For the first time since federal officials began keeping weather records in 1869, the month of February has passed without a trace of snow falling in Central Park.
"The simple explanation," said Todd Miner, a meteorologist at Pennsylvania State University, "is that it has been too warm to snow."To confirm the obvious, Miner provided details: February usually brings about 8.5 inches of snow to the city, with temperatures averaging 31.5 degrees. But through Friday, February temperatures were 6.9 degrees above normal. No snow has not meant a lack of precipitation - nearly 11 inches of rain have fallen this year, 4 inches above normal.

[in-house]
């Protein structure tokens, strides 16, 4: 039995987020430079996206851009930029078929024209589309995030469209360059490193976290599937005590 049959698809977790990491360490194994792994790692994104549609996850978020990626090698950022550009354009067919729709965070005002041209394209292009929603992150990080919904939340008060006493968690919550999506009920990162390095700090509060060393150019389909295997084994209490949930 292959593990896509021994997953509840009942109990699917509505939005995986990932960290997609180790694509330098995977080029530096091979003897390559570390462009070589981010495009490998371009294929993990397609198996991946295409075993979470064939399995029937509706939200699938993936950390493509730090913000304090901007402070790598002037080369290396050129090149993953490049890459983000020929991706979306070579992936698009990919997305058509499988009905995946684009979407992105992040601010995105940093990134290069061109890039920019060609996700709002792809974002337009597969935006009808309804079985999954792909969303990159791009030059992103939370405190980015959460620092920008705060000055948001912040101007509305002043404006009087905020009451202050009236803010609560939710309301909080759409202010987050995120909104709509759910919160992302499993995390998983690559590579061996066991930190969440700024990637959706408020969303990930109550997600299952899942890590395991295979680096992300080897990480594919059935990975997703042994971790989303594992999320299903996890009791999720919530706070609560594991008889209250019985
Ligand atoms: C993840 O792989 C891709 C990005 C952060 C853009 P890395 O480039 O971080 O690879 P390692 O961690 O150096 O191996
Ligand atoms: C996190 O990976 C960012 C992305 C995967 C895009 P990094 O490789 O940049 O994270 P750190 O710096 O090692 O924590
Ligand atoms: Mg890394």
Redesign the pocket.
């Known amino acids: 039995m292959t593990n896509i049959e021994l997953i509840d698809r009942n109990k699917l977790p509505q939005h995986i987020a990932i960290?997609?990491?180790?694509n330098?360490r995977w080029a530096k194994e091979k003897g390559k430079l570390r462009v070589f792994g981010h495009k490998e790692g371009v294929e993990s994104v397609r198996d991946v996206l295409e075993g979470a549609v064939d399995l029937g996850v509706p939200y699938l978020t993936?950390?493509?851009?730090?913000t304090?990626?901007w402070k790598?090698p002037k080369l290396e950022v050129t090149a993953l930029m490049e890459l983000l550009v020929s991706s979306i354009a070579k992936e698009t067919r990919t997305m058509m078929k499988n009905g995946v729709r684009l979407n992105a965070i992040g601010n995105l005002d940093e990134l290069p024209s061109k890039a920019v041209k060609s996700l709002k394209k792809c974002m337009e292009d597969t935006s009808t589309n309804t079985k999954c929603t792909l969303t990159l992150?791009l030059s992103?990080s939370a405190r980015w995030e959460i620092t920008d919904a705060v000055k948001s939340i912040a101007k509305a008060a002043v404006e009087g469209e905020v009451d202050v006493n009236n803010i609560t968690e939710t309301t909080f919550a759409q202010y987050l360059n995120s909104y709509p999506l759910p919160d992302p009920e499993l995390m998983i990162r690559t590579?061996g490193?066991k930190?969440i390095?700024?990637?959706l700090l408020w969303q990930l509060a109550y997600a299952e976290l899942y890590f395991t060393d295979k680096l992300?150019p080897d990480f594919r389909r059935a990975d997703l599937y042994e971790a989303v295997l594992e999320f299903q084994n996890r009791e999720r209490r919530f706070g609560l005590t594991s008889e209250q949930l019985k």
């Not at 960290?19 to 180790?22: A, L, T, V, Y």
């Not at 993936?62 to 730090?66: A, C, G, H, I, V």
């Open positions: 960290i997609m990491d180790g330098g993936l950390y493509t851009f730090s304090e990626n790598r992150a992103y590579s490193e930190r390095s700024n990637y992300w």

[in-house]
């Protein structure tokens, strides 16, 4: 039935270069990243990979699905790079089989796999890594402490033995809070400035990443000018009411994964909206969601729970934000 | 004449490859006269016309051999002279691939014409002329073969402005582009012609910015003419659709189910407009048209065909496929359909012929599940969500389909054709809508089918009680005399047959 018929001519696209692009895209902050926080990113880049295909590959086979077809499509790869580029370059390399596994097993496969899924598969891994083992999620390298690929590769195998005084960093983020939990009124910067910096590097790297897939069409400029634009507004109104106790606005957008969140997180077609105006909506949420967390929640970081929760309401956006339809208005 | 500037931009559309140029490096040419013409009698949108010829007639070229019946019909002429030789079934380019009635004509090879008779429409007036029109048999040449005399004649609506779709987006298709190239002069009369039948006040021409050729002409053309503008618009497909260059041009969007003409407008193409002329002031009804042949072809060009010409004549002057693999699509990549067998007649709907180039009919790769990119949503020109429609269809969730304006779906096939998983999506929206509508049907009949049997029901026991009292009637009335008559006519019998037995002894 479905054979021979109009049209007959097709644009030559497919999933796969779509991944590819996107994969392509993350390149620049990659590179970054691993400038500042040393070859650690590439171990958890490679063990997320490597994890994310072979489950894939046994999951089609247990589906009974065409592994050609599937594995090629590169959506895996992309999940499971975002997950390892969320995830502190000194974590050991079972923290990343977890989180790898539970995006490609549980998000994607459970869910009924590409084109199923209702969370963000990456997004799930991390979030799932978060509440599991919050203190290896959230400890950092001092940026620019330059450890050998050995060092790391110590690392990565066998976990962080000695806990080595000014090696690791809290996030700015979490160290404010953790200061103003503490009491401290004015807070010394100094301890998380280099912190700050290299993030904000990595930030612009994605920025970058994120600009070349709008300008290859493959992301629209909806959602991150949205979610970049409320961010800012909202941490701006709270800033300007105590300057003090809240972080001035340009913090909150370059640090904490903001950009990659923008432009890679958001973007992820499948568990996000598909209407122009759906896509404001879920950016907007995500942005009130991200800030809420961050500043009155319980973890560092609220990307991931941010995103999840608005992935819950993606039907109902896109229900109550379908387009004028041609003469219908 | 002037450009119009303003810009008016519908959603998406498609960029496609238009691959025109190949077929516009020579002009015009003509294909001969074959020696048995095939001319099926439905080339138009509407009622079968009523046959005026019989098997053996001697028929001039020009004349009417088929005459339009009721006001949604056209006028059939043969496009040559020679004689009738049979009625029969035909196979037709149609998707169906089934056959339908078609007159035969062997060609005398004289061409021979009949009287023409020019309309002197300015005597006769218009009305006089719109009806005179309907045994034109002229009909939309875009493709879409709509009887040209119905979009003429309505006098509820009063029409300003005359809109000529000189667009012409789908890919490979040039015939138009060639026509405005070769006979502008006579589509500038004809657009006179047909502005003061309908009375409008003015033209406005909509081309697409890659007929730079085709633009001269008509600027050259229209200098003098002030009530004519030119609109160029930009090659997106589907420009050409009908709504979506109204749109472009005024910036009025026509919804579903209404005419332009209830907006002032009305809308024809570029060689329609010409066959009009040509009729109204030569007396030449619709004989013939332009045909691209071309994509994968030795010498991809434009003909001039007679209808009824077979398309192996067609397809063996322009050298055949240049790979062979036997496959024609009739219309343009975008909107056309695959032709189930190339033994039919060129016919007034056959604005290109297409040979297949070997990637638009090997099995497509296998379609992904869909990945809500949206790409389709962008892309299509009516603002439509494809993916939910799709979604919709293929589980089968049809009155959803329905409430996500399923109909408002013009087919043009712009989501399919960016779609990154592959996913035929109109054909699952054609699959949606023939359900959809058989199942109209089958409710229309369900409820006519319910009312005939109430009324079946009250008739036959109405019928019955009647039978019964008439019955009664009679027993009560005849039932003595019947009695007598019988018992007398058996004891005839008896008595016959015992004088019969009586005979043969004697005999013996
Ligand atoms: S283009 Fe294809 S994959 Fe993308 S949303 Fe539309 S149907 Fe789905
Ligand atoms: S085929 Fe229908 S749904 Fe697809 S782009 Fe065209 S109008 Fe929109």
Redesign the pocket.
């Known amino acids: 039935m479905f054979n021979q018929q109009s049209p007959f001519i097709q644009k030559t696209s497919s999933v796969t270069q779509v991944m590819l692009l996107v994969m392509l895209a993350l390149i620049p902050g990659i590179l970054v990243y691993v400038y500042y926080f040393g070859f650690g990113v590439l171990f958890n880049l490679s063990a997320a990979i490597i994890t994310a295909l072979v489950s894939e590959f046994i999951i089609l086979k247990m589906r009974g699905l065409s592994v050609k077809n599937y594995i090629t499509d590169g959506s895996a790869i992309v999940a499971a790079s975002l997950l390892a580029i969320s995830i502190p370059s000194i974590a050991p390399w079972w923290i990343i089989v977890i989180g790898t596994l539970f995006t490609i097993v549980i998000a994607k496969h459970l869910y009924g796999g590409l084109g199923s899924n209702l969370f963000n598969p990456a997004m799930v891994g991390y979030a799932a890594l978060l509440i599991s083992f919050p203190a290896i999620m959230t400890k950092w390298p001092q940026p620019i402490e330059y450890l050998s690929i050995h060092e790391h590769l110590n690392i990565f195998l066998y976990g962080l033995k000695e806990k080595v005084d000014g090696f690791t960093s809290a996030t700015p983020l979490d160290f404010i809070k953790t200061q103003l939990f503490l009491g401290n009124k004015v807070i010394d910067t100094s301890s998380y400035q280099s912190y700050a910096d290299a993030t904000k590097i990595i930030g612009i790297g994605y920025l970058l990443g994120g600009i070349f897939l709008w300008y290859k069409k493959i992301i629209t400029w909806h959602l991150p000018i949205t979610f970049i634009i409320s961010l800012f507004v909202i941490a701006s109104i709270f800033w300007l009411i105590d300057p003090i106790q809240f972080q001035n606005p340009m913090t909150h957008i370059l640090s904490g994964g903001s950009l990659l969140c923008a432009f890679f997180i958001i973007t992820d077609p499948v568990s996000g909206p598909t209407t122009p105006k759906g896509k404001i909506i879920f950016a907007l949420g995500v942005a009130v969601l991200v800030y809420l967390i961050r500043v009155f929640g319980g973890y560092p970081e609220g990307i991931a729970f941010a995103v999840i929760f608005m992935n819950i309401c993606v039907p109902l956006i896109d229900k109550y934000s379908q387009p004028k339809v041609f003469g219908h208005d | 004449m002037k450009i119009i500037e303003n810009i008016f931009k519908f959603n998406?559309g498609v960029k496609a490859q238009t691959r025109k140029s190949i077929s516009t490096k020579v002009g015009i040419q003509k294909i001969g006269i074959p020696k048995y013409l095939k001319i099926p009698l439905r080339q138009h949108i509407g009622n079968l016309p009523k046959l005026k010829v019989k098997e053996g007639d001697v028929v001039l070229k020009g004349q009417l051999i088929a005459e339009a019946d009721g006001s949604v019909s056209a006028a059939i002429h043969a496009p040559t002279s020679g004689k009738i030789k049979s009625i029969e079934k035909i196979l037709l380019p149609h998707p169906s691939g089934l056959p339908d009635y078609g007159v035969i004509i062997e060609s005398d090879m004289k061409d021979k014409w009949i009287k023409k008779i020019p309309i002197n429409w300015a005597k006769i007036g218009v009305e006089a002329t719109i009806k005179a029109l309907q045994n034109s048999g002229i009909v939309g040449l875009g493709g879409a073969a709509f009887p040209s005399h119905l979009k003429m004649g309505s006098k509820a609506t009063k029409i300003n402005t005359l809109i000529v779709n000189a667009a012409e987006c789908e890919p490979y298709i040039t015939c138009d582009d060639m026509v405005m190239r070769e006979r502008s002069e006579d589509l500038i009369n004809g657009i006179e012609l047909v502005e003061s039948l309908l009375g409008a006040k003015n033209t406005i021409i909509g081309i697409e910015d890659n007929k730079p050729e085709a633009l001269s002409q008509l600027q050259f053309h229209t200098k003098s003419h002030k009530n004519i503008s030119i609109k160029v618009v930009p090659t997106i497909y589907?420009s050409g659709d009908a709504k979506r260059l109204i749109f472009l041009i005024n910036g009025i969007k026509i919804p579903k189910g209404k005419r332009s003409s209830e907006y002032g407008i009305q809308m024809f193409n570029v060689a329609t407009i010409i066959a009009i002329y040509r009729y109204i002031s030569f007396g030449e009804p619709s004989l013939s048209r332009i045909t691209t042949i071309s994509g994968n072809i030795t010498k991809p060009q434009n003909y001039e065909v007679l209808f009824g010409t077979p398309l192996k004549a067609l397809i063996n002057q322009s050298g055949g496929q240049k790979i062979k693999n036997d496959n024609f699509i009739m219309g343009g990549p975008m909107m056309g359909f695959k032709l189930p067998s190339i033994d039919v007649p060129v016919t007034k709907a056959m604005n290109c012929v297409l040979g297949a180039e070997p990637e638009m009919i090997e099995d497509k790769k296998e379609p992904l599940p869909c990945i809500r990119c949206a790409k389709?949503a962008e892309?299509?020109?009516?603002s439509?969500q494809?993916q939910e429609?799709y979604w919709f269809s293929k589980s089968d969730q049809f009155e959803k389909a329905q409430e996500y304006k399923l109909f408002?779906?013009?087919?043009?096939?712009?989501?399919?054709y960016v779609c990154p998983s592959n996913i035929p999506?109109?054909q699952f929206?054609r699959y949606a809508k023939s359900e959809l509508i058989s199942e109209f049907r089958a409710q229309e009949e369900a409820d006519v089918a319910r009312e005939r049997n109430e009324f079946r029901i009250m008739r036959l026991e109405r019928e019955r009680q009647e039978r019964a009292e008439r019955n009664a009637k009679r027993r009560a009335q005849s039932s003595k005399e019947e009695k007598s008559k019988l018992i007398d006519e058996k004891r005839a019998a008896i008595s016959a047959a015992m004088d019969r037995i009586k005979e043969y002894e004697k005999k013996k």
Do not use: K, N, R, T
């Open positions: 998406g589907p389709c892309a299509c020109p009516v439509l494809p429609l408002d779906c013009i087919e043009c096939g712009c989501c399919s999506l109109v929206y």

These balmy conditions hardly seem possible when compared with 1996, when New York recorded 75 inches of snow, including 21.2 in February. Now, Miner said, the city could break its record for least snowfall - 2.8 inches in the winter of 1972-73. So far this winter, only a half-inch of snow has been recorded. "There is a decent shot," Miner said.
"This is a typical El Nino winter, warm and wet," said Mike Wooldridge, a meteorologist with the National Weather Service.
While Miner agreed that El Nino had influenced New York's wea-ther this winter, he noted that the weather phenomenon did not always dictate little snowfall.
During the El Nino winter of 1977-78, he said, New York recorded 50.7 inches of snow. The city's average snowfall is 28.3 inches.